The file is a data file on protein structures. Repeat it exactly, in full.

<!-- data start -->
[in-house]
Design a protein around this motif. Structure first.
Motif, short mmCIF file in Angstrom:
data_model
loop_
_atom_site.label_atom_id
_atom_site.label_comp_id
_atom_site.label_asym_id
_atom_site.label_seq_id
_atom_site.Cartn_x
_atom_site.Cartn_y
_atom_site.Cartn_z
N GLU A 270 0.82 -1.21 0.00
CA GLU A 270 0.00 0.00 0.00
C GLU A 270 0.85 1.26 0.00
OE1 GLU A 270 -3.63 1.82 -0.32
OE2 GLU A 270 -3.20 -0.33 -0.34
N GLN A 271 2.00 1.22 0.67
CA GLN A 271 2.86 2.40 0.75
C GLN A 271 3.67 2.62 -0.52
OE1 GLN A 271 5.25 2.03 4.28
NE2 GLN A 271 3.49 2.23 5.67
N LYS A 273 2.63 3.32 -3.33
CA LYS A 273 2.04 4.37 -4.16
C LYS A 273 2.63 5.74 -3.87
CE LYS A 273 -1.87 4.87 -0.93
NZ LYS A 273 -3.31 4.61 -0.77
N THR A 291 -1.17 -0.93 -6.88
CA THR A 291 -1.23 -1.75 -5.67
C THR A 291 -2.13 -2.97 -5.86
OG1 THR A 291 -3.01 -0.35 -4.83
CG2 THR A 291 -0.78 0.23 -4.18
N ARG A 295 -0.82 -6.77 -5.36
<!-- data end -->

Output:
[in-house]
Design a protein around this motif. Structure first.
Motif, short mmCIF file in Angstrom:
data_model
loop_
_atom_site.label_atom_id
_atom_site.label_comp_id
_atom_site.label_asym_id
_atom_site.label_seq_id
_atom_site.Cartn_x
_atom_site.Cartn_y
_atom_site.Cartn_z
N GLU A 270 0.82 -1.21 0.00
CA GLU A 270 0.00 0.00 0.00
C GLU A 270 0.85 1.26 0.00
OE1 GLU A 270 -3.63 1.82 -0.32
OE2 GLU A 270 -3.20 -0.33 -0.34
N GLN A 271 2.00 1.22 0.67
CA GLN A 271 2.86 2.40 0.75
C GLN A 271 3.67 2.62 -0.52
OE1 GLN A 271 5.25 2.03 4.28
NE2 GLN A 271 3.49 2.23 5.67
N LYS A 273 2.63 3.32 -3.33
CA LYS A 273 2.04 4.37 -4.16
C LYS A 273 2.63 5.74 -3.87
CE LYS A 273 -1.87 4.87 -0.93
NZ LYS A 273 -3.31 4.61 -0.77
N THR A 291 -1.17 -0.93 -6.88
CA THR A 291 -1.23 -1.75 -5.67
C THR A 291 -2.13 -2.97 -5.86
OG1 THR A 291 -3.01 -0.35 -4.83
CG2 THR A 291 -0.78 0.23 -4.18
N ARG A 295 -0.82 -6.77 -5.36